Further Down The Line

So now we find ourselves at the point in which I talk about future goals I suppose. Where I want to see the company go, whether or not I’m going to get back into the online world. Or perhaps this is where I talk about the myriad of fisherman’s tales I’ve heard, about river monsters and how they came so close to catching the biggest fish you’ve ever seen. And while, some of those stories do come across my modest desk, the majority of my day is sitting around, talking about fishing, and selling a handful of tackle pieces at a time. I still get out onto the water and put my own product to the test, and I take the time to get around Alaska and remind myself of the beautiful area I live in, but otherwise, my days are pretty routine.

I suppose that’s why I decided to get into writing this whole blog, to more or less act as a journal of sorts. I took the time to bring my introduction, a bit of history as to why I am where I am in life, but there really is no other major secrets to who I am. No riveting page to turn to next, just a guy who loves fishing, and sells fishing products. Fortunately, I do have a bit of talent for writing, and I hope that I don’t bore you to tears with my choice of writing style, but I feel that perhaps if you’re still here and reading that you may actually be a little interested in what I have to say about where I am, what I do, and who I am.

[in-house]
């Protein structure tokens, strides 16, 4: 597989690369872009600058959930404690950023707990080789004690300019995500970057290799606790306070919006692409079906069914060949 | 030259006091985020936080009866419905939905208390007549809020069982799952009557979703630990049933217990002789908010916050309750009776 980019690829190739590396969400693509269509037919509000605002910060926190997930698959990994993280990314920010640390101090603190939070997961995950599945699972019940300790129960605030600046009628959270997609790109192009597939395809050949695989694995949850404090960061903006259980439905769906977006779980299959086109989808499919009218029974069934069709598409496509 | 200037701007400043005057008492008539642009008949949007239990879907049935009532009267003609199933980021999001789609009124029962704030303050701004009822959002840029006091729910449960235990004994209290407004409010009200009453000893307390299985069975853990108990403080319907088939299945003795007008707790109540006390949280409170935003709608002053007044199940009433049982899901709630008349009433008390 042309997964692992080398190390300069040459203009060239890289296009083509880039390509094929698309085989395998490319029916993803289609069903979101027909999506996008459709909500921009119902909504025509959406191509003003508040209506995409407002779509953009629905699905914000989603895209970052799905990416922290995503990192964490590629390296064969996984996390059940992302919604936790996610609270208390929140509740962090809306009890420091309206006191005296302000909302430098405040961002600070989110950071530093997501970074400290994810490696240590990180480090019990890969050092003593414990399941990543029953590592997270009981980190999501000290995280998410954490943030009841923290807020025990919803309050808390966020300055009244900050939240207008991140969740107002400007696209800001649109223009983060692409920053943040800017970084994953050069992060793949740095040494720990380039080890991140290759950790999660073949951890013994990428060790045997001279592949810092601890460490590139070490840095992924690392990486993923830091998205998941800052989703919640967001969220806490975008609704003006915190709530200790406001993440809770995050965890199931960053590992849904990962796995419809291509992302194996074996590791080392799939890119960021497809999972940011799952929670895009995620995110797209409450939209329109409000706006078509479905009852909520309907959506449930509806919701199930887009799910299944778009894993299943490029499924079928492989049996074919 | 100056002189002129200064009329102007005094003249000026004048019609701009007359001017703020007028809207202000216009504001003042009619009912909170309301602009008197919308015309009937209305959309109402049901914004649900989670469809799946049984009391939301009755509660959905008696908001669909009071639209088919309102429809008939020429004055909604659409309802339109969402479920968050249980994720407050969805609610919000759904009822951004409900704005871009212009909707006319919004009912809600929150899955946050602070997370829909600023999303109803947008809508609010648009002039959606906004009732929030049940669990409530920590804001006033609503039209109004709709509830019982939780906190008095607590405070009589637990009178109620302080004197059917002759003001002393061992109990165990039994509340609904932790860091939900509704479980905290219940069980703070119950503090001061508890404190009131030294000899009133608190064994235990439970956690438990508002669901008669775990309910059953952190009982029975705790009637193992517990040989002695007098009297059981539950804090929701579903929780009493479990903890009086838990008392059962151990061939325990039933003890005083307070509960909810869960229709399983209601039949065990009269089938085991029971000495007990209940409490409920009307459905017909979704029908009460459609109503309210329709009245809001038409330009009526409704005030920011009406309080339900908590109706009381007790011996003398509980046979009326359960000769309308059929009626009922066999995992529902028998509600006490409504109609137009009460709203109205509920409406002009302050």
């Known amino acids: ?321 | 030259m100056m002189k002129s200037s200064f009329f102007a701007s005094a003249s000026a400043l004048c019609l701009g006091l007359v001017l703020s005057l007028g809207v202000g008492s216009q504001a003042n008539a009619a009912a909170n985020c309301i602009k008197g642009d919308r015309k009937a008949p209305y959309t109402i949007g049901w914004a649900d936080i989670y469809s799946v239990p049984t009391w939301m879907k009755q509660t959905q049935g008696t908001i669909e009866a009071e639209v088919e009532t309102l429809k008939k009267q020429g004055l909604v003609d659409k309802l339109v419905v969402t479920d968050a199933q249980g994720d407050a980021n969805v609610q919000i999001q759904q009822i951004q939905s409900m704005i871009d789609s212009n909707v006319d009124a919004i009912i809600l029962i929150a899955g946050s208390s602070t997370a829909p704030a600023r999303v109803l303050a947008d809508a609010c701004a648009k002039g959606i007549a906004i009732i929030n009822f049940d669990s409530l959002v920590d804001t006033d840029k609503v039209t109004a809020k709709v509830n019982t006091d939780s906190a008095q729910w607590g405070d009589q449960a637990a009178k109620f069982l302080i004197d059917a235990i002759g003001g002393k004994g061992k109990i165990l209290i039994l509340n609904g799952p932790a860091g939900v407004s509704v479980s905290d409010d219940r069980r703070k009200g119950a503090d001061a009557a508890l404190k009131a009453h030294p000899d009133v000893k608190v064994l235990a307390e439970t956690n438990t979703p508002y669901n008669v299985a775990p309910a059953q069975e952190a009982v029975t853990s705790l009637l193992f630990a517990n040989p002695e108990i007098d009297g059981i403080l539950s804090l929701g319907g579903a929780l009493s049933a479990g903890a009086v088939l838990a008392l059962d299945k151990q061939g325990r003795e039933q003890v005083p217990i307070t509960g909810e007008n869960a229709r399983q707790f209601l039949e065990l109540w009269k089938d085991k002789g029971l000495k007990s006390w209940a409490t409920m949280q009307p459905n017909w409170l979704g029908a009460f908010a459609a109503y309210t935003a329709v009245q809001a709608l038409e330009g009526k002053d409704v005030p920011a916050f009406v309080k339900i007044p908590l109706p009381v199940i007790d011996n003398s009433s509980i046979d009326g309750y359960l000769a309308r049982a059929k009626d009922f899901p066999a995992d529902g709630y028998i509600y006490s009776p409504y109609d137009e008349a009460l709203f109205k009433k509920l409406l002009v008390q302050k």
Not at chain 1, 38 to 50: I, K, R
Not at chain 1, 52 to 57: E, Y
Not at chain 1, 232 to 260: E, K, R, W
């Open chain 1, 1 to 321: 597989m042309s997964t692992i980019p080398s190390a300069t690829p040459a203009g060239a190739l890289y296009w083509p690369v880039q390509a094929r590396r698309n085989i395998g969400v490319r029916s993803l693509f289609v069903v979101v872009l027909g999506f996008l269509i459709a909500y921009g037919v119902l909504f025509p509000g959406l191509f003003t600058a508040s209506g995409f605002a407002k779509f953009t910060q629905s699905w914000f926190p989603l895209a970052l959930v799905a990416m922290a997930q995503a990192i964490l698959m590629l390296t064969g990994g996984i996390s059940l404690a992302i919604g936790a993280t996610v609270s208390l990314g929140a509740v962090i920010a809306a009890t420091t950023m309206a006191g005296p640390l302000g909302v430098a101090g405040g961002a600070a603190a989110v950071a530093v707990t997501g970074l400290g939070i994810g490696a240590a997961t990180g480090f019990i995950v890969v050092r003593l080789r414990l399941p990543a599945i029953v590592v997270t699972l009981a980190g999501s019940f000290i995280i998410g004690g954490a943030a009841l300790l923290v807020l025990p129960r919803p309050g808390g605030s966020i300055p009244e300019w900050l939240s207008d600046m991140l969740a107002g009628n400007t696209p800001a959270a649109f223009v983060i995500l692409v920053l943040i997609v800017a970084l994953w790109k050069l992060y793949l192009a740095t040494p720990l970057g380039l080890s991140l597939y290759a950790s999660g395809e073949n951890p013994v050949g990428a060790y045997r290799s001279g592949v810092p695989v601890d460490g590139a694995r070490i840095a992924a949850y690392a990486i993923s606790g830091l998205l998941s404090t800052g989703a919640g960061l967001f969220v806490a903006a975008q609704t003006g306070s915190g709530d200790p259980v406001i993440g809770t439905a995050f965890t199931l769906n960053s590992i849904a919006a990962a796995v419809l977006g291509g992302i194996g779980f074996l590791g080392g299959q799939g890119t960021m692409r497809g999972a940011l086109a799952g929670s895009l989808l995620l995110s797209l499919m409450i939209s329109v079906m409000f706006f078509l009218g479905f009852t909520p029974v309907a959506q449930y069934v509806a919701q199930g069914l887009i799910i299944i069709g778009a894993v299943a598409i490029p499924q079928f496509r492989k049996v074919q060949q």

So where do I go next with this piece? I’m not sure. I could talk about the history of our family here, or I could talk about the old man who comes in every day swearing up and down that he caught an orca once with a standard fishing rod. Whether or not I believe his story is irrelevant at this point, he has the story down to every last detail, and every enunciated point of his story is perfectly practiced. Who knows? It may have actually happened. If you tell a story enough to believe it yourself, does it really make it any less true? Probably, but that’s the case with almost all fishermen and women today as much as it was back then.